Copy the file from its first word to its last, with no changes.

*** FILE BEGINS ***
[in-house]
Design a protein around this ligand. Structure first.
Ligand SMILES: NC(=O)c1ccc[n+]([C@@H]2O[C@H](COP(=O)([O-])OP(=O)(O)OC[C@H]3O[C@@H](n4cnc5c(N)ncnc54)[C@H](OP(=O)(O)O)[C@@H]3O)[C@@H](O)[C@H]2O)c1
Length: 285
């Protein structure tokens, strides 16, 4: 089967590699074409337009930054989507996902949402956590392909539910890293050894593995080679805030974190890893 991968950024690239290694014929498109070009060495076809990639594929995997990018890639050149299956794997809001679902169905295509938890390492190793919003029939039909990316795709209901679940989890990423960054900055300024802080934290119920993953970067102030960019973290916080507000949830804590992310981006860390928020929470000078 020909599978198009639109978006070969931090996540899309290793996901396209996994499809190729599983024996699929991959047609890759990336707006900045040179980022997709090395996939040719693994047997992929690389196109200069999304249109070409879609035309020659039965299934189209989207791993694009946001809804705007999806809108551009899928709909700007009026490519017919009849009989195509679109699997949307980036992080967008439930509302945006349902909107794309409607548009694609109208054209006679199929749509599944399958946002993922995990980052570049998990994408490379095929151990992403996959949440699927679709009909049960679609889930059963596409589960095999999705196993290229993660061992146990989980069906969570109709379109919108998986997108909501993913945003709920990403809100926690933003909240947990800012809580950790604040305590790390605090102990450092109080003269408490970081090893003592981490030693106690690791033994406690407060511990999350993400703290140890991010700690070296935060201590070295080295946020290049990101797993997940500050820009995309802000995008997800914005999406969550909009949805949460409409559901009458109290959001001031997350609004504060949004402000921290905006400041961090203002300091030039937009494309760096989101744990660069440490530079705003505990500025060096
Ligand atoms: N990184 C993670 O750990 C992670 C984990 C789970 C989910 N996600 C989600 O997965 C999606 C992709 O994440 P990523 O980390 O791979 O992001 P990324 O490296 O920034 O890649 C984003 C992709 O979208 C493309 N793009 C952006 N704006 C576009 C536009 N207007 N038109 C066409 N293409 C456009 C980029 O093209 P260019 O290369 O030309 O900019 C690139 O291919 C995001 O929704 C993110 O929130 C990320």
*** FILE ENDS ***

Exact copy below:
[in-house]
Design a protein around this ligand. Structure first.
Ligand SMILES: NC(=O)c1ccc[n+]([C@@H]2O[C@H](COP(=O)([O-])OP(=O)(O)OC[C@H]3O[C@@H](n4cnc5c(N)ncnc54)[C@H](OP(=O)(O)O)[C@@H]3O)[C@@H](O)[C@H]2O)c1
Length: 285
């Protein structure tokens, strides 16, 4: 089967590699074409337009930054989507996902949402956590392909539910890293050894593995080679805030974190890893 991968950024690239290694014929498109070009060495076809990639594929995997990018890639050149299956794997809001679902169905295509938890390492190793919003029939039909990316795709209901679940989890990423960054900055300024802080934290119920993953970067102030960019973290916080507000949830804590992310981006860390928020929470000078 020909599978198009639109978006070969931090996540899309290793996901396209996994499809190729599983024996699929991959047609890759990336707006900045040179980022997709090395996939040719693994047997992929690389196109200069999304249109070409879609035309020659039965299934189209989207791993694009946001809804705007999806809108551009899928709909700007009026490519017919009849009989195509679109699997949307980036992080967008439930509302945006349902909107794309409607548009694609109208054209006679199929749509599944399958946002993922995990980052570049998990994408490379095929151990992403996959949440699927679709009909049960679609889930059963596409589960095999999705196993290229993660061992146990989980069906969570109709379109919108998986997108909501993913945003709920990403809100926690933003909240947990800012809580950790604040305590790390605090102990450092109080003269408490970081090893003592981490030693106690690791033994406690407060511990999350993400703290140890991010700690070296935060201590070295080295946020290049990101797993997940500050820009995309802000995008997800914005999406969550909009949805949460409409559901009458109290959001001031997350609004504060949004402000921290905006400041961090203002300091030039937009494309760096989101744990660069440490530079705003505990500025060096
Ligand atoms: N990184 C993670 O750990 C992670 C984990 C789970 C989910 N996600 C989600 O997965 C999606 C992709 O994440 P990523 O980390 O791979 O992001 P990324 O490296 O920034 O890649 C984003 C992709 O979208 C493309 N793009 C952006 N704006 C576009 C536009 N207007 N038109 C066409 N293409 C456009 C980029 O093209 P260019 O290369 O030309 O900019 C690139 O291919 C995001 O929704 C993110 O929130 C990320």